When I walk'd in the pride of the votes to the memory of his compa
dawn, nion Hervey; for we know not
Methought all the region look'd what meaning to attach to the ac,
Has sweetness forsaken the lawn, count of Milton, a book-learned
For methinks I grow sad at the writer, and his friend, an illustri.
sight? ous member of the church, driving a-field together, tending their flocks When I stood by the stream I have on the plains, and penning them up
thought at the approach of evening.
There was mirth in the gurgling soft The most frequent and exquisite sound; specimens of simplicity are to be But now 'tis a sorrowful note, found in the compositions of Burns ; And the banks are all gloomy around. unhappy Burns, whom we could cite as a specimen of all the three This is a very natural representaornaments. No better idea can be tion of the feelings of a person unconveyed to one, to whom it is ne der such a state of depression. cessary to describe simplicity, than Well may Scotland make her boast by pointing out to him the song of of having given birth to bards who “ Auld lang syne." How beautiful excelled in the first and distinand natural is the circumstance of guishing features of a poet. calling to recollection, that he and But when we speak of simplicity, his companion had gone about the it were injustice to the manes of banks, and pulled the daisies; and the unknown bard not to introduce that (so like children, with no other. to notice a piece of former times, care to distract their minds) they the author of which has slided into had paddled in the brook' from the current of oblivion, but which it breakfast tu dinner time. The will be a merit in any publication “Banks o'Doon” may well be placed to be the medium of restoring. It side by side with this song. The was on an occasion when we had hapless and deserted lover, in an ex ascended into the uppermost story quisite strain of nature, appeals to of our habitation, and with the the flowery banks, how they can so avidity of a Vampyre were devour. unfeelingly bloom, and the little ing the musty records and various birds how they can find in their collected manuscripts which had hearts to chant, when she is 80 been left there by the former inhaweary full of care. Then the bitants, the virtuosi of their age, succeeding burst “ thou'lt break. when a corner of this paper met my heart, thoa little bird,” follow our eye; and we exulted in the oped by the reason, that it reminds portunity of exercising our critical her of joys gone never to return, judgment, and determining the meis a stroke that cannot be exalted. rit and beauty concealed under this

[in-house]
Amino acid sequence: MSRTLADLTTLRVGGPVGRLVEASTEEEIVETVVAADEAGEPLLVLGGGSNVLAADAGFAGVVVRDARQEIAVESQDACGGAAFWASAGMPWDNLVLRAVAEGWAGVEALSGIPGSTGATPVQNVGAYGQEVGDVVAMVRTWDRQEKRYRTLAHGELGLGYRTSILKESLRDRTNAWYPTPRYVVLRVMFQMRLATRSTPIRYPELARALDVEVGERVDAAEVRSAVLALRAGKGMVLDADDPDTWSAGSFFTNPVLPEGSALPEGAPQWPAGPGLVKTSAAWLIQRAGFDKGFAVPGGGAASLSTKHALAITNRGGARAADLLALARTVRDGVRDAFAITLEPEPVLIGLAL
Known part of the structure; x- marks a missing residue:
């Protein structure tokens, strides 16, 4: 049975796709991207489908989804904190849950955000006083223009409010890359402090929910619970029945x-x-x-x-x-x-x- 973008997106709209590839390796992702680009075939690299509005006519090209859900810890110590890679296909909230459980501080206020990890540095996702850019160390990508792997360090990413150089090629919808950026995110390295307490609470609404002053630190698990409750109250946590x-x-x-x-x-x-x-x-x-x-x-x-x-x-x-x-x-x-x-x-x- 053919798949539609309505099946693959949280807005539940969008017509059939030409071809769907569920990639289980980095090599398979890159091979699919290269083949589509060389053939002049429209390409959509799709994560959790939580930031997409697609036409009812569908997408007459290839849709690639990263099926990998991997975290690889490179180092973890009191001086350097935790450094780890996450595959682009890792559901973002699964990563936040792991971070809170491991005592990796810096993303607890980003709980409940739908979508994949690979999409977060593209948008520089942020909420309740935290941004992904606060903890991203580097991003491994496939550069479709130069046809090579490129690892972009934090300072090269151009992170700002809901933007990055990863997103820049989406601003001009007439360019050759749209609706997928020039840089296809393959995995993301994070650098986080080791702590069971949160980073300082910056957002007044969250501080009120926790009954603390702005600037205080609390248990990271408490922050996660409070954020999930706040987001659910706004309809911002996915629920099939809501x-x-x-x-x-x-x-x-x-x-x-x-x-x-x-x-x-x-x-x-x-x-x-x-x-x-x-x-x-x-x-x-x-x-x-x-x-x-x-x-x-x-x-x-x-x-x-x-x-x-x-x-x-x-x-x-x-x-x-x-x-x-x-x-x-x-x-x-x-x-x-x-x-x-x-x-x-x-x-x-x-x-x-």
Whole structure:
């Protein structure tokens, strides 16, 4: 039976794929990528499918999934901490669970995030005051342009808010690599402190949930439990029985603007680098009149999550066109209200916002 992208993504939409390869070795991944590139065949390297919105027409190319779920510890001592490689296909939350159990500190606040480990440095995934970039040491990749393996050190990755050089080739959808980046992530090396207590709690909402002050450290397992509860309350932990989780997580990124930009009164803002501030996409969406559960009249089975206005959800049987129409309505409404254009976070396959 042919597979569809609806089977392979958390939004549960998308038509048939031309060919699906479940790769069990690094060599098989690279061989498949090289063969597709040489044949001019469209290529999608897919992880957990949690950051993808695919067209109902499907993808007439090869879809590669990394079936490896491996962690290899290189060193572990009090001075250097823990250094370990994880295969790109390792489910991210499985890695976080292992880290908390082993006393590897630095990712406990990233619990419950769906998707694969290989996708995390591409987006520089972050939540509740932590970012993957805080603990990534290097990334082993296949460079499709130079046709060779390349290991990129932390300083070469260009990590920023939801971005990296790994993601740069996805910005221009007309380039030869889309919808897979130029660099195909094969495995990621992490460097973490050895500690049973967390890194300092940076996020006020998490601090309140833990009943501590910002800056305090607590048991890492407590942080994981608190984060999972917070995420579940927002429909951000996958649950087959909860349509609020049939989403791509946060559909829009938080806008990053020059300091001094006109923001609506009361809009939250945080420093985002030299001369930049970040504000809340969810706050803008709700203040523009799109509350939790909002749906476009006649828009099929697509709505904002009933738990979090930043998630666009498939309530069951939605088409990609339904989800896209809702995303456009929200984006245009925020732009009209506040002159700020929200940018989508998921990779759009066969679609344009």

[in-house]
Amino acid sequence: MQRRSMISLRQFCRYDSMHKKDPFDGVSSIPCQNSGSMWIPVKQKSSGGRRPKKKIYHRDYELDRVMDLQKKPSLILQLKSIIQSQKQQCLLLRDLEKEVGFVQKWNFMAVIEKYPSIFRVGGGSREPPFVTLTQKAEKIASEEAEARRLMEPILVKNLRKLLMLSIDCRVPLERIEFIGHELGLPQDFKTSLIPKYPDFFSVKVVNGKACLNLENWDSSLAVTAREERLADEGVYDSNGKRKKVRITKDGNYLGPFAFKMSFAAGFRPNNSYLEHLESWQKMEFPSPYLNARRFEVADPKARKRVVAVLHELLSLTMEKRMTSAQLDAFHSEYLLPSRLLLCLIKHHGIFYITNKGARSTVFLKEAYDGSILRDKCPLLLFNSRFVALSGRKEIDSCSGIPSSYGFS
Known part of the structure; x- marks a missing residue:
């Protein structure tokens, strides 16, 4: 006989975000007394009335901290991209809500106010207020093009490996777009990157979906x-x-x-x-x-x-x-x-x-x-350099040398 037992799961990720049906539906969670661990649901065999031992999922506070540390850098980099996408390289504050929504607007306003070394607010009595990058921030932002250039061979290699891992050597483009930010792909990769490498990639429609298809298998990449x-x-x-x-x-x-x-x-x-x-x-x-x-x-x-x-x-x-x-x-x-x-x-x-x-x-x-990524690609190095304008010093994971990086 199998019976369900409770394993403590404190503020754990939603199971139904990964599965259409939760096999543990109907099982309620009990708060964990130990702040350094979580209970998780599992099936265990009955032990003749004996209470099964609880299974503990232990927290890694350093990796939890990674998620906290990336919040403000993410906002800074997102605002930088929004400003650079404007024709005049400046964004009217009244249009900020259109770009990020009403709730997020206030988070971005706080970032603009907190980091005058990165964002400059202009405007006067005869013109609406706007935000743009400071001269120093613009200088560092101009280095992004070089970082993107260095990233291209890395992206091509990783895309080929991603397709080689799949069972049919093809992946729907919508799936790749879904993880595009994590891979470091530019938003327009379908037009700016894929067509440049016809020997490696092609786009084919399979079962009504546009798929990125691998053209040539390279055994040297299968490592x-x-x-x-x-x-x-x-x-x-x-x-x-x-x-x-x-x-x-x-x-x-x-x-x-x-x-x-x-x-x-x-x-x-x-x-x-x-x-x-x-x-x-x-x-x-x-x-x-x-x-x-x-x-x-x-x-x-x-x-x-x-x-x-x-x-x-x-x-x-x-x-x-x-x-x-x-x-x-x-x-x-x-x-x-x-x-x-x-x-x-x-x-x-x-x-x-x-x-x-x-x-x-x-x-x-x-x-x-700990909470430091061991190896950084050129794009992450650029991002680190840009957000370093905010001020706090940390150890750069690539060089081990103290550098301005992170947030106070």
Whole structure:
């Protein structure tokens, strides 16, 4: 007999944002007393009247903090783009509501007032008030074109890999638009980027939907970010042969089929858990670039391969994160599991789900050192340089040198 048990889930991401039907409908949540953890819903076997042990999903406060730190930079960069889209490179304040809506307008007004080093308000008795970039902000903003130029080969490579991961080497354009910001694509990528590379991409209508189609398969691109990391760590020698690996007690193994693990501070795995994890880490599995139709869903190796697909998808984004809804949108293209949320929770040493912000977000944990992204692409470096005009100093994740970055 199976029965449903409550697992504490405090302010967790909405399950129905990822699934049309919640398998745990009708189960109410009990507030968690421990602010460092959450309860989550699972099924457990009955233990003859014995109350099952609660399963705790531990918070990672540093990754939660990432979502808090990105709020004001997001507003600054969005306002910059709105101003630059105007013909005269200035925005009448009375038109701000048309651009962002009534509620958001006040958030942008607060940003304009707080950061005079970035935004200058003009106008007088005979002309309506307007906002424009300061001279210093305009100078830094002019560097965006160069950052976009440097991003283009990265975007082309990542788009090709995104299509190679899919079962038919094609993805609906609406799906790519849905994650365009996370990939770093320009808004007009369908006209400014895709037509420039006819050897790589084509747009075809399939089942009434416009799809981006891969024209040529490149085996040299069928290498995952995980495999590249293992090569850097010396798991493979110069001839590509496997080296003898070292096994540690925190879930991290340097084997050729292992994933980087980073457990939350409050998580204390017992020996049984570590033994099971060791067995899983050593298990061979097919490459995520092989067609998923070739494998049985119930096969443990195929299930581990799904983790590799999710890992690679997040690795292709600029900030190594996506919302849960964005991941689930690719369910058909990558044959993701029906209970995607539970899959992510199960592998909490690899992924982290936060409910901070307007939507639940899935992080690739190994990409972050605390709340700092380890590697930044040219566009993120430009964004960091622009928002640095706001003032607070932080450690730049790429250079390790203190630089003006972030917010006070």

In a strain somewhat similar, the humble garb. The song ran thus:
But once again,—but once again,
These lips a mother's kisses felt;
The tale a heart of stone would melt.
(O God! o God! that sight to see),
And gave a parting kiss to me.
With naught below my heart to cheer ;
Nor kin nor kind to wipe the tear.
I eat the bread of charity;
There is no kiss, alas, for me. It is on the last four lines of the discernment. We maintain this to fifth verse, ending
be as simple, natural, pathetic and “ O God! that you may never know,
touching a sentiment, and clothed How wild a kiss she gave to me,”
in as unaffected diction, as any to
be found in the elegies of the most that we will repose our judgment, admired poets. The speaker expawilling here to take our stand, and to tiates not on the particular feeling rest on this our reputation for critical existing in his mother or himself,